These are not Kosher but are vegetarian and should be considered vegan (invertase is listed on the ingredients, which is an enzyme produced by bees, but for industrial food purposes is almost always made via yeast for cost savings).
Monday, December 14, 2009
I see the Florida Tropic oranges from time to time in the stores, but I haven’t really payed much attention to them until this year. When I attended the convenience store show in Las Vegas (NACS) a while back the folks at SweetWorks, the company that makes the Florida Tropic chocolate product line gave me a set of almost every flavor (I got eight of the nine).
Since there are a lot of flavors of their version of the segmented flavored chocolate “orange”, I’m going to deal with just three of them today: Dark Chocolate Orange, Milk Chocolate Orange and the 70% Cacao.
The boxes are quite simple. A plastic holder for the sphere of chocolate segments, which is wrapped in foil. The boxes are simple and show off the product well, but are frustrating to open. They use so much glue on them that it’s nearly impossible to just flip open the top, instead pulling it apart shreds the usability of the box to store the product.
While Terry’s Chocolate Orange tells us to Whack & Unwrap, the Florida Tropic Orange says “Break then Open” with a little drawing of a hand cupping the orange firmly. As I’ve opened a lot of these in the past few weeks I can say this: don’t whack or smack or break. Just open it up and either break it in half then or use a knife to wedge in and loosen a slice. It’s far less messy, though probably not as satisfying.
The foil wrap is great. I’ve been frustrated with the plastic stuff that Terry’s has been using for a few years now, it’s slightly too small for re-wrapping, and of course it doesn’t actually stay the same way foil does. This foil is great, it’s heavy and of course pretty. It’s also, for the most part, color coded by flavor. (Except for the milk and dark orange flavored ones, which are similar shades of orange.)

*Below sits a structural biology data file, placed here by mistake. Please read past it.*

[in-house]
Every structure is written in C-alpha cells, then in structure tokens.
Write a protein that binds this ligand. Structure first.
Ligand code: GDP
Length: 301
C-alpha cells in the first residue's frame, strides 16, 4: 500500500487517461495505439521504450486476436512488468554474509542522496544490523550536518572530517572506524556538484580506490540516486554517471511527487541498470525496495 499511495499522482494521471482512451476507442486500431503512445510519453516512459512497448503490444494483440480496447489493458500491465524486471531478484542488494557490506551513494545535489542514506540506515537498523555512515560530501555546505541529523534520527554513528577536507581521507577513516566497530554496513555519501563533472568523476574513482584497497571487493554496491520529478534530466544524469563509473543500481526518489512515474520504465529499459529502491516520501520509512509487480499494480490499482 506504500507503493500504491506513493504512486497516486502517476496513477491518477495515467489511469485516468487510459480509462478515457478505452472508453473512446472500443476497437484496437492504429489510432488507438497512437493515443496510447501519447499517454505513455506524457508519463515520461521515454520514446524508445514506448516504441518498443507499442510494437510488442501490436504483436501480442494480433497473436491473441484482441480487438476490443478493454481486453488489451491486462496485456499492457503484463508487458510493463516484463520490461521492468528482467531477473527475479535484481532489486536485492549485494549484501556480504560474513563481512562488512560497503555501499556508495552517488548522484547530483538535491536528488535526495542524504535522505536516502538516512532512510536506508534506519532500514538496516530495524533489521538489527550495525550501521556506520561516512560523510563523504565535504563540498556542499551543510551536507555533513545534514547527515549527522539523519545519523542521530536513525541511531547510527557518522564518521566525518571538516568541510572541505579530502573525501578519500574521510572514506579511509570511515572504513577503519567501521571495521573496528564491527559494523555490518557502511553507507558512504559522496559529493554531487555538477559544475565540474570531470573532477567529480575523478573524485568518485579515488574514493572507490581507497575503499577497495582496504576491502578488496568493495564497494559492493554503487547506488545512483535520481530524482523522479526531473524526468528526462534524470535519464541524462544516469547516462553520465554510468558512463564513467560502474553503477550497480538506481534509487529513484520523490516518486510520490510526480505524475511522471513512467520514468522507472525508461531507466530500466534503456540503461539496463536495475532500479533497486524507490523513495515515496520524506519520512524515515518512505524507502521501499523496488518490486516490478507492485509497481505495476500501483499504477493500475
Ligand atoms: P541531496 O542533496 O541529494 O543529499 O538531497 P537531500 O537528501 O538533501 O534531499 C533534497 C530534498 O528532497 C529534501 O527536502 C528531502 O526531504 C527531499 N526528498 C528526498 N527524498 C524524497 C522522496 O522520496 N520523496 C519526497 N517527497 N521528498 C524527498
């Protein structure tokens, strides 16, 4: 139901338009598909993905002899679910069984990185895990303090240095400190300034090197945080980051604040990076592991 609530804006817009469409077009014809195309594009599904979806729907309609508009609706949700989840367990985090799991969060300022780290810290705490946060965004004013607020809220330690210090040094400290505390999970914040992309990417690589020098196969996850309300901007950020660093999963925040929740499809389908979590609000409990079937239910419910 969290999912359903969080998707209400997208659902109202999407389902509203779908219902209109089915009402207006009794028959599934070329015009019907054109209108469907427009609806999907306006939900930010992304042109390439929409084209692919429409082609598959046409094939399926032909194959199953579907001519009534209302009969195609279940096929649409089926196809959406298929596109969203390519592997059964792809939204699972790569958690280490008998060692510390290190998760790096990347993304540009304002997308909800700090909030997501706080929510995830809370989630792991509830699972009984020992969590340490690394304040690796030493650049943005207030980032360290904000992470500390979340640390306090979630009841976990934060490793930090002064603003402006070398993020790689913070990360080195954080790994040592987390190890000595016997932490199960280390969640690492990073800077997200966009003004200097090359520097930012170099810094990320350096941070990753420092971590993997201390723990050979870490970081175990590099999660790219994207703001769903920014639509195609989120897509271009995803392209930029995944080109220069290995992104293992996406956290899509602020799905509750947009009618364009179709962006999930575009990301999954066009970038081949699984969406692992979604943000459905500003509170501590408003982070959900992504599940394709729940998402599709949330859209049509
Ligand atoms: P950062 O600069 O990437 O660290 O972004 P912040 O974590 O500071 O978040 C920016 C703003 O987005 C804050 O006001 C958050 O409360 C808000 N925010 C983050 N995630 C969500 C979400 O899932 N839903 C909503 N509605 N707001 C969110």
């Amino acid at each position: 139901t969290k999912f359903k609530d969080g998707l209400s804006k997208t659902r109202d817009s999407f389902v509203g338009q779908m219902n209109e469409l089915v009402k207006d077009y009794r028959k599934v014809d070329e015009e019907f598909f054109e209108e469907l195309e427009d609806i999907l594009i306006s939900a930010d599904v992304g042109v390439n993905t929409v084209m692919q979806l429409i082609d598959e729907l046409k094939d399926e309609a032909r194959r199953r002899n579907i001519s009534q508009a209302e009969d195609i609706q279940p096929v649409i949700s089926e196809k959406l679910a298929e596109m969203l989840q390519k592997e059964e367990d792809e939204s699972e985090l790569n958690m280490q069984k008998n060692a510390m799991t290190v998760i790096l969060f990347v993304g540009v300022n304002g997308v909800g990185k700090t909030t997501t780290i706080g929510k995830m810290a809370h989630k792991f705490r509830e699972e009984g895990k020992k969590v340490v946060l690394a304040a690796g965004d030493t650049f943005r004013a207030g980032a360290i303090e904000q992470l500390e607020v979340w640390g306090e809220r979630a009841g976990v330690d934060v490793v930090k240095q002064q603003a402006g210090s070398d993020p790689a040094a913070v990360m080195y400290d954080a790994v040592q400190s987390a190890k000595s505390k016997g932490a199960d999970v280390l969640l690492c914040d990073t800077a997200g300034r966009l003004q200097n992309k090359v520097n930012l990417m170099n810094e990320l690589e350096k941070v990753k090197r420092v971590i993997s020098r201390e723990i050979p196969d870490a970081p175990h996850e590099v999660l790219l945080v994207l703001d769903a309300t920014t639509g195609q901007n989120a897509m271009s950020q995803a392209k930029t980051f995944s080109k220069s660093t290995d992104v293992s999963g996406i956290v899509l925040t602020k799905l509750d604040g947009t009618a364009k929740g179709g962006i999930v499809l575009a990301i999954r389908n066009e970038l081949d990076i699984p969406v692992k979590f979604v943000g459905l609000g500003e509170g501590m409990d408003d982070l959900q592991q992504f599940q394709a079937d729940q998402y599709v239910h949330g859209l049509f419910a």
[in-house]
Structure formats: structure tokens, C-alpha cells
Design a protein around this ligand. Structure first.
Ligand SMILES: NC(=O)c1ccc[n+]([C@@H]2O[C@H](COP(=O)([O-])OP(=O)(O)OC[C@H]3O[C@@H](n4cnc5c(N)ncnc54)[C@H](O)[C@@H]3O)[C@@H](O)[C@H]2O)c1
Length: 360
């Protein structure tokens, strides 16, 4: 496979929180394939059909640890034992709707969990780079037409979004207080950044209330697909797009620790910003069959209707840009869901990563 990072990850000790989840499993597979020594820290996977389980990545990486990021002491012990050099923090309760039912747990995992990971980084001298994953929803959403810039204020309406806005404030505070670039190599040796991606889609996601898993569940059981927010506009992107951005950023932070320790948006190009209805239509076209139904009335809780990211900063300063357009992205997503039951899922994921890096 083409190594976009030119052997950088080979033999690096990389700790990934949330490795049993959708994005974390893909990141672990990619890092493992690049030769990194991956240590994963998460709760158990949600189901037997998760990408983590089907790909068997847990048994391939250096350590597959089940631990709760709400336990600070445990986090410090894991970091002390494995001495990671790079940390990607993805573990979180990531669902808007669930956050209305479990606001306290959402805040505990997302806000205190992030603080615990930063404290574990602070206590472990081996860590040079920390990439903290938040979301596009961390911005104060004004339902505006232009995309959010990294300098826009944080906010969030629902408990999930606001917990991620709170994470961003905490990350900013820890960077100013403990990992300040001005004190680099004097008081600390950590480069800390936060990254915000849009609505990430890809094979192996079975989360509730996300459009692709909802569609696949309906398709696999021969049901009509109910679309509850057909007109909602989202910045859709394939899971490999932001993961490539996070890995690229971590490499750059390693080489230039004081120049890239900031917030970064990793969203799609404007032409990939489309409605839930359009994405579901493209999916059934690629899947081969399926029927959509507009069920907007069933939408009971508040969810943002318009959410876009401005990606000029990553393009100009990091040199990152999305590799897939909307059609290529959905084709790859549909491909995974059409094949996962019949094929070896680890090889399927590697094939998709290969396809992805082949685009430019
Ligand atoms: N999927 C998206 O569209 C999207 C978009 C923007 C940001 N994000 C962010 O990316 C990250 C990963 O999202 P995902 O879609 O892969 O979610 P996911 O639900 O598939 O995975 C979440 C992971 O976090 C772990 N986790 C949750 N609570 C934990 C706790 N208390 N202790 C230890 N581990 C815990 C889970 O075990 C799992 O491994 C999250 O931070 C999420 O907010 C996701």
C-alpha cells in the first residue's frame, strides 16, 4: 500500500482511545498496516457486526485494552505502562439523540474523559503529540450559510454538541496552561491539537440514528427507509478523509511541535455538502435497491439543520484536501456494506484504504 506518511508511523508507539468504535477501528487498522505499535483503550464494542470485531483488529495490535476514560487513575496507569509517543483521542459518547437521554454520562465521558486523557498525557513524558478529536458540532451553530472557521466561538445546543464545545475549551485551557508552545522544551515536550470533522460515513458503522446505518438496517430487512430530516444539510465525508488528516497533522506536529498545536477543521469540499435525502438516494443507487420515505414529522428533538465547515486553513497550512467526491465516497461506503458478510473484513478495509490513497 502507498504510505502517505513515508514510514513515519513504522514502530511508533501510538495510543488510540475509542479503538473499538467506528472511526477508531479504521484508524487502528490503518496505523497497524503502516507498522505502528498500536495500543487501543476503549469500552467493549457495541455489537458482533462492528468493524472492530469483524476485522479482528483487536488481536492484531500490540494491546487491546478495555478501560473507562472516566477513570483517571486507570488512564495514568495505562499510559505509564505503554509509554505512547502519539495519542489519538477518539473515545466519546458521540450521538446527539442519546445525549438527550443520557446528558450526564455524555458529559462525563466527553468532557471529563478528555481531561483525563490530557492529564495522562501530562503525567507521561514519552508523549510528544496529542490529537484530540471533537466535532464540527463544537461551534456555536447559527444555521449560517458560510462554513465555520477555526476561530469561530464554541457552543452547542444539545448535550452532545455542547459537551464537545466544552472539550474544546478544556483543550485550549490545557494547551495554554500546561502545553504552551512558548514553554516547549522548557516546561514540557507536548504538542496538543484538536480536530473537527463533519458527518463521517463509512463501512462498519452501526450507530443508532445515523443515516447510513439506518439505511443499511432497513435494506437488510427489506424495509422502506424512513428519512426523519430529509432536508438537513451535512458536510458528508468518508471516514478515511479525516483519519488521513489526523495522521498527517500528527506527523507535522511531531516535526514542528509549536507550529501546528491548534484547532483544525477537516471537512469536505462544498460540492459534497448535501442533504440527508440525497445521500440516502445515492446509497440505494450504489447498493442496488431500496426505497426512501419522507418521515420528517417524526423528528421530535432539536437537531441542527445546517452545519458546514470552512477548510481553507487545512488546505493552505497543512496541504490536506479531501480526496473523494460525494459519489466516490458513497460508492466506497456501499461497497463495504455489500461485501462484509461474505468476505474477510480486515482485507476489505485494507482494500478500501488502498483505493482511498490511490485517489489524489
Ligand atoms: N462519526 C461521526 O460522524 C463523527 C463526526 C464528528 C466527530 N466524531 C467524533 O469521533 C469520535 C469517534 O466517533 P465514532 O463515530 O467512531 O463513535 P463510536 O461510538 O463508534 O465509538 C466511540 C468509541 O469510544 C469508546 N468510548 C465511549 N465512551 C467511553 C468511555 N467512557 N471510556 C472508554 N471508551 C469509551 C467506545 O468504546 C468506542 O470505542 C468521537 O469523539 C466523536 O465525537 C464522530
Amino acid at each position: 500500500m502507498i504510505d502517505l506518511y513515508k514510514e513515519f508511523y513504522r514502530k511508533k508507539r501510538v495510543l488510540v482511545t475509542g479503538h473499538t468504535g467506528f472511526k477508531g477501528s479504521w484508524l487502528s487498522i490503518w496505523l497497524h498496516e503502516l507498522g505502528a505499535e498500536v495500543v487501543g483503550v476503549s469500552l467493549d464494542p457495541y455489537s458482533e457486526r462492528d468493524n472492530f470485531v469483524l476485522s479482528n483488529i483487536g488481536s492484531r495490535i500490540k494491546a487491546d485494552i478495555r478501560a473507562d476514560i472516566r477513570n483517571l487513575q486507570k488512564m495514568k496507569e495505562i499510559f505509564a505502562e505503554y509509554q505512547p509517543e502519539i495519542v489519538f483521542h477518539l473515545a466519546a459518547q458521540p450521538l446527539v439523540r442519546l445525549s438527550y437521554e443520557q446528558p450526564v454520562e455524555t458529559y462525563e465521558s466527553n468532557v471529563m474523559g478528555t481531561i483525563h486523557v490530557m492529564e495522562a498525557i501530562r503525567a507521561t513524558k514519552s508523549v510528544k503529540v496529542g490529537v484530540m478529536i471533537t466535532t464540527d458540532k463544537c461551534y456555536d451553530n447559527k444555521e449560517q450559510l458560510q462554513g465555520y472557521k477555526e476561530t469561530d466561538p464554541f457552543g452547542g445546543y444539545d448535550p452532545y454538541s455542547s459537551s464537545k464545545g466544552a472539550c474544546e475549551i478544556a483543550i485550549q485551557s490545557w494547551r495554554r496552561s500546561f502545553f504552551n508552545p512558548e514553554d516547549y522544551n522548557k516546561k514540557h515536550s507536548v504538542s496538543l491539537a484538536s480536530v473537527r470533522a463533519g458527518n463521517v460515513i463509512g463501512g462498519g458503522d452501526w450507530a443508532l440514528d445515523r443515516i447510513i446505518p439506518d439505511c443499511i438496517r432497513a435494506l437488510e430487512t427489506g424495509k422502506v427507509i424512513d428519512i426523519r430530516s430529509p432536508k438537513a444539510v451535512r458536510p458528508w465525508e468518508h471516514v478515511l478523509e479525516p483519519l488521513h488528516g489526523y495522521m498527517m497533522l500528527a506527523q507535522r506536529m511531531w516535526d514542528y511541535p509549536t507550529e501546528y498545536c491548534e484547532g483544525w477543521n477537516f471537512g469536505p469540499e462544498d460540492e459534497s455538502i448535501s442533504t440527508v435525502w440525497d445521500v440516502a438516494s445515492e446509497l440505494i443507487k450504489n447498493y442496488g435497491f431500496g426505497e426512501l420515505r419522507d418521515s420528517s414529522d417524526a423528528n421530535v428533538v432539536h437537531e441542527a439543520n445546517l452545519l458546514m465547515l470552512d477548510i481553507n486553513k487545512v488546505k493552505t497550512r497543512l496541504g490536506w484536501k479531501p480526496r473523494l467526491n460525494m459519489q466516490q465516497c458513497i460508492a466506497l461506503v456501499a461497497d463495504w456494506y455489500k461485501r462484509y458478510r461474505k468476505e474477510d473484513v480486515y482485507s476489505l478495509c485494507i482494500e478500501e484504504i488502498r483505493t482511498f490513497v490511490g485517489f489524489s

The pieces are a nice two bite size. They have a textured “rind” and one side of each section is designed to look like an orange slice complete with peel and pulp. There’s a distinct ridge on the edge which makes the pieces a little lighter, which might account for the difference in weight between Terry’s Chocolate Oranges and Florida Tropic. (There are 18 slices, so that also accounts for it.)
The orange scent is a mix of orange oil and the smell or orange Tang drink. The dark chocolate is mostly orange flavored with both the citrus zest and a strange bit of juice note. The melt is quite decent, though not quite buttery and smooth, it’s still slick and only slightly gritty and chalky near the end. (I think the cacao content is about 50% on these.)
The orange is a bit too strong for my desires for this product, but when combined with non-oranged items like pretzels, plain almonds and the 70% Cacao version below, it’s quite a nice treat. I ended up using much of this orange for some chocolate pudding over the weekend. I combined 3 cups of milk, 3/4 cup of cocoa, 1/4 cup of corn starch and 7 finely chopped slices instead of sugar (see my earlier experiment with pudding). No, it wasn’t sweet at all, but it was very chocolately. (Next time I may try the milk ones, as they have more sugar.)
The chocolate is actually vegan however it’s processed in a facility that also handles milk products, so may contain traces of dairy.
The standard Christmas stocking treat, I would guess of all of them, is the Florida Tropic Milk Chocolate Orange.